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Bringing smiles to Guatemala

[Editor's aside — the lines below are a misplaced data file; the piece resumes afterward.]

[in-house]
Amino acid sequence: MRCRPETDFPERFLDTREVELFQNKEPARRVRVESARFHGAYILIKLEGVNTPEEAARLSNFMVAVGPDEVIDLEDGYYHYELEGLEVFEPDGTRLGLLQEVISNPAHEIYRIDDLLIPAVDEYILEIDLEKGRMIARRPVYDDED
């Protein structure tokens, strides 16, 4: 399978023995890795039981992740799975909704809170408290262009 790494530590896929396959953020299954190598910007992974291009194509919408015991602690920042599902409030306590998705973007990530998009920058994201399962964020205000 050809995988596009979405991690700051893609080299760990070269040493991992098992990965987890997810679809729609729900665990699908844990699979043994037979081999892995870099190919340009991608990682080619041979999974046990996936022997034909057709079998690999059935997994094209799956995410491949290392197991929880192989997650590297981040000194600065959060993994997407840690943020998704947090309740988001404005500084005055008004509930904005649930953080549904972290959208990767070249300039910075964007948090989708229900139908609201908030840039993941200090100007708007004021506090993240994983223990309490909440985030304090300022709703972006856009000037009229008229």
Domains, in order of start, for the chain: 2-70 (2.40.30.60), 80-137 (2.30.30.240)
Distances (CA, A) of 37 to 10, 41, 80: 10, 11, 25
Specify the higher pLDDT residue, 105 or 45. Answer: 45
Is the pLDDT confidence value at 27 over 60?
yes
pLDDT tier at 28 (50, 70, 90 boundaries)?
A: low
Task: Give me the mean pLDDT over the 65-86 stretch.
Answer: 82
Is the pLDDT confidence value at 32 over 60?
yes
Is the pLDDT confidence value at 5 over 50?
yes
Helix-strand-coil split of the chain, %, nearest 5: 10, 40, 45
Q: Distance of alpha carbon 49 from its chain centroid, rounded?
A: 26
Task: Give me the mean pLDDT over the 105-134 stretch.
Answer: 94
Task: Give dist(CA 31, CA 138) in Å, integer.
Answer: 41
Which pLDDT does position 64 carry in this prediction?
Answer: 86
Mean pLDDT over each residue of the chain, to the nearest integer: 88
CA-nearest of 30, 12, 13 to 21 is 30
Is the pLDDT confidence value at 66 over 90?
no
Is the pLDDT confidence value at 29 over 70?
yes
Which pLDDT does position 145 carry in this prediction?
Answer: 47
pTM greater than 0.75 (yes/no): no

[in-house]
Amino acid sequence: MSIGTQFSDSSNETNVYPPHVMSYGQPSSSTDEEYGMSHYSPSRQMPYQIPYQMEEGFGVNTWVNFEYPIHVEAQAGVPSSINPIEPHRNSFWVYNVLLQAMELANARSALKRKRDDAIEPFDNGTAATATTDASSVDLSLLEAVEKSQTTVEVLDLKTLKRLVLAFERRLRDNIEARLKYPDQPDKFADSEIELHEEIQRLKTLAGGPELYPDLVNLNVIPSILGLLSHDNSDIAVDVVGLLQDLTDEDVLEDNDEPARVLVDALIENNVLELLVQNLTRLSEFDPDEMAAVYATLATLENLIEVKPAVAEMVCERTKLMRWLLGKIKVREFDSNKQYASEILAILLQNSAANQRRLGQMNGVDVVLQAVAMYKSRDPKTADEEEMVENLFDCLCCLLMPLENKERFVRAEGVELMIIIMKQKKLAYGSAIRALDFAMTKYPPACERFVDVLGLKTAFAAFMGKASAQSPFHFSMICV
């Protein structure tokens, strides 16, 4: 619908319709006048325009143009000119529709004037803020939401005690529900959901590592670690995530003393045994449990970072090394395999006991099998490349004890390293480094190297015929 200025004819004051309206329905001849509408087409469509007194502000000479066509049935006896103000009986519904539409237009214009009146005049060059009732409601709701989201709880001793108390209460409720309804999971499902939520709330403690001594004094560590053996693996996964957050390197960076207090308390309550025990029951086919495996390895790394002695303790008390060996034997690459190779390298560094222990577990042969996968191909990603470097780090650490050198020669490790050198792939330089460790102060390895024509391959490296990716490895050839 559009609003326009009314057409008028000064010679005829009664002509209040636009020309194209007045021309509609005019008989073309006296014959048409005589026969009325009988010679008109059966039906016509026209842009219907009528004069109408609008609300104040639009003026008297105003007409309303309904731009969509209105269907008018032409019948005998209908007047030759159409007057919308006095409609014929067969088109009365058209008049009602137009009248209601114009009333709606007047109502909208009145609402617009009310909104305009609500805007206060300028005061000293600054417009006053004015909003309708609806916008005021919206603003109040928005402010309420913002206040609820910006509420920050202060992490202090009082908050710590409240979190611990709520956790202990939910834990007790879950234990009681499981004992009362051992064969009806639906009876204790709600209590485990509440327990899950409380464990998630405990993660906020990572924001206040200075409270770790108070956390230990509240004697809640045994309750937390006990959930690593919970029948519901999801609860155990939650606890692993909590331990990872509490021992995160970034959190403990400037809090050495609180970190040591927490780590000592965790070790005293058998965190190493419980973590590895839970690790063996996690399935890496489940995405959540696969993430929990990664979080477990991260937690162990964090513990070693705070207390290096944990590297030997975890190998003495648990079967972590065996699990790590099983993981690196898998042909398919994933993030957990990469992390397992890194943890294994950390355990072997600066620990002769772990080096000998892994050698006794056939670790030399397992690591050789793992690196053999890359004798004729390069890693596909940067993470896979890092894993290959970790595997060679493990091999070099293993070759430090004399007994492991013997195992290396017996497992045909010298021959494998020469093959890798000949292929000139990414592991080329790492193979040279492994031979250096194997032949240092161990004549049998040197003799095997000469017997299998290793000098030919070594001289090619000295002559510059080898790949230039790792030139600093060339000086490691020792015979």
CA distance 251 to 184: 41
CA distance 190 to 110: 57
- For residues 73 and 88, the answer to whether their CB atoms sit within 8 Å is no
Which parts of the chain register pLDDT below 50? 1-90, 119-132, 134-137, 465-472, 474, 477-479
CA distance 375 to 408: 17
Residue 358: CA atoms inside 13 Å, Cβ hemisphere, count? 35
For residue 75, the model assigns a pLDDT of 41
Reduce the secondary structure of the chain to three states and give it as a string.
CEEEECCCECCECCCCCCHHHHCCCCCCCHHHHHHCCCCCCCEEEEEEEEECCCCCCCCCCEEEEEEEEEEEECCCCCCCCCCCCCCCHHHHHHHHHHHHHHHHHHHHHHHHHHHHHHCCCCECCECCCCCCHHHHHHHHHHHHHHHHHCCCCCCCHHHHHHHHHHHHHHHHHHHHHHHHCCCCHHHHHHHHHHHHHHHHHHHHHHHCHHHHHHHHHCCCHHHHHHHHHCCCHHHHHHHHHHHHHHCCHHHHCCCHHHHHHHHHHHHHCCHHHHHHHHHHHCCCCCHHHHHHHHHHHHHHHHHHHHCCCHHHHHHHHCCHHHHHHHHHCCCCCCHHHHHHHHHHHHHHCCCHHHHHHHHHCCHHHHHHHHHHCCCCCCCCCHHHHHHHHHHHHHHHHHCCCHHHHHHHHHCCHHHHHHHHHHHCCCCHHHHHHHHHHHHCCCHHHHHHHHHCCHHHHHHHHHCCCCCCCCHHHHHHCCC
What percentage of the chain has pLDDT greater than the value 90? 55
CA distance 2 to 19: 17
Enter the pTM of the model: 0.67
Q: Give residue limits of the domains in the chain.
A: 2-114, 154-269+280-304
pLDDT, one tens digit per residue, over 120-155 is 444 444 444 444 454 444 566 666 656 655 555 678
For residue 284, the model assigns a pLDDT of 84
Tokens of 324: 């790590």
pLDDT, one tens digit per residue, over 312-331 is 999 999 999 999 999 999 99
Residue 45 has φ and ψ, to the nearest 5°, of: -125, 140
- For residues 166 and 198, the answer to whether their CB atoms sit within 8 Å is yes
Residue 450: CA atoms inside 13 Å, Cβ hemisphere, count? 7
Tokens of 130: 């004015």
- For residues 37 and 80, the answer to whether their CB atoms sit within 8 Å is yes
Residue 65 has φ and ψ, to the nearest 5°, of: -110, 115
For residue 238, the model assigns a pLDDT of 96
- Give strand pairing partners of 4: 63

Dr. Bob Schwegler reached a milestone on Sept. 28 —he retired after 44 years of practicing dentistry in Albany.  But he will continue to use his skills as he and his wife, Inez, a dental hygienist, travel to Guatemala to help disadvantaged people achieve better dental health. Sometimes daughter Dr. Naomi Lane, who is doing her residency in Pediatric Dentistry in Denver Children’s Hospital, accompanies them. Others from Central Minnesota who sometimes join the team are dental assistants Shirley Zenzen from Melrose, Cathy Lyon and Irene Schmidt from Holdingford; as well as dentists from St. Cloud, Dr. David Pull and Dr. Joe Wenner. They join a team from HELPS International, a Dallas-based organization which sends teams of dentists, nurses, and physicians in various fields to work on health, economic, and social problems in this poor Central American country, recently ravaged by mudslides. Accompanying the medical personnel are people who install efficient stoves which save on fuel and keep homes free of smoke and soot. Bob, who grew up in St. Anthony, Millerville and Alexandria, graduated from the University of Minnesota School of Dentistry in 1966 and started a dental practice in Albany. Inez was his hygienist for most of his working years, in between raising three children.  They heard about their sponsoring organization through word of mouth. HELPS International, founded in 1984, is a non-profit corporation dedicated to alleviating poverty in Latin America.  Some of its projects, along with medical and dental services,  are marketing of coffee and other agricultural products, installing concrete floors in homes, improving methods of corn cultivation, making safe drinking water available, teaching and marketing native crafts, building schools, and encouraging education. The ONIL stoves, which its teams provide, take the place of traditional cooking stoves, which consist of a platform of stones in the corner of a home on which a fire is built. The new stoves, simply constructed of concrete, burn 70 percent less wood, minimize smoke, and help to prevent burns. An outside version resembles a large, galvanized pail. The medical personnel see a significant number of cleft palates and other deformations in mouths, hands and feet among those who cook with primitive methods. “A lot of us think the defects in mouths are due to the soot in the houses,” Bob says.  “People who put in the stoves say they’ve seen two inches of tar on the roofs. I put in a stove one day to see what it was like.” A typical week for the volunteers starts on a Sunday with an early-morning plane flight to Guatemala City.  The team of 60 to 100 is made up of physicians in fields of plastic and other types of surgery, obs-gyn,.and other specialties. They are joined by dentists, anesthesiologists, nurses, cooks, and stove installers. Translators are necessary for the next week, to translate not only into Spanish but one of the 22 assorted Mayan dialects spoken in Guatemala. Teams bring their own food and plenty of bleach which serves to sterilize hands and sometimes equipment. They arrive late Sunday evening and spend the night in a hotel.  Early morning finds them on a bus negotiating switchbacks to a small village where they will set up their equipment.  Bob, who made his first of 10 trips in 1996, has always worked in or out of a hospital, but some make an army base their headquarters. “There are 20 or 22 hospitals around the country that the U.S. government built years ago, but they weren’t much utilized before we came,” he explains. “But after one of the big mud slides, they had a call for medical personnel from around the world.  A lot of the hospitals are staffed by Cubans.  They get the week off when we get there.” The team cooks take over the hospital kitchen. All of the dental equipment has to be carried in, including portable dental chairs of canvas and aluminum. Headlamps sometimes serve for lighting. Portable dental units and air compressors, which are kept in storage in Guatemala City, go along as well. “Some places there is no hot water, which means cold showers.  We sleep on cots. It can get cold at night, so this year I bought myself a better sleeping bag.” The day starts with a non-denominational prayer service.  Local missionaries have told people about the team’s arrival, so many adults and children, always nicely-dressed, are already waiting in line for this much-welcomed service. Bob says, “I saw a man carry his wife on a straight-back chair for eight hours to bring her to physicians.”  He notes, “The people we take care of are very low-income people.  They don’t have anything, but they’re happy.” Sometimes the dental team goes to schools to clean teeth, apply sealants, and treat cavities.  They pass out toothbrushes and floss, along with instructions on using them, and they try to have local translators talk to the parents about hygiene. Other times a medical doctor, dentist and pharmacist will go out to a remote village and see patients. “We see better oral health after we’ve been there a couple of years,” he says.  Armando Gordillo, a Guatemalan foreign exchange student whom he and Inez hosted some years ago, has become a periodontist in Guatemala City. Sometimes they backpack their equipment into remote villages, where they work out of doors. When they travel by bus or van, well-armed military go along.  “Earlier we rode in the back of pickups, but now we’re in vans,” says Bob. “It took some of the fun out of it.” Visitors, even well-meaning ones, have been known to be robbed, and some won’t travel after dark. But Bob says, “We have always felt safe traveling in groups.” On the following Sunday, their work done, they pack up and head for Antigua, a resort town which provides them with a little R & R.  There is an appreciation banquet on the last night.  Early Wednesday morning finds them heading for the airport and home, and another team takes their place. Not only is the Schweglers’ work unpaid, but each team member has to contribute $2000 to cover air fare and expenses.  Bob may pay an additional $500 to $1000 for supplies. “At one time, St. Cloud Hospital helped out the nurses, but I don’t think they do any more, so they have to raise funds.”  He notes that generous contributors, including one of his patients, have helped out on many occasions. The HELPS group sponsors a golf outing in July to raise funds. Check out or for more information on donations and volunteer opportunities to HELPS International.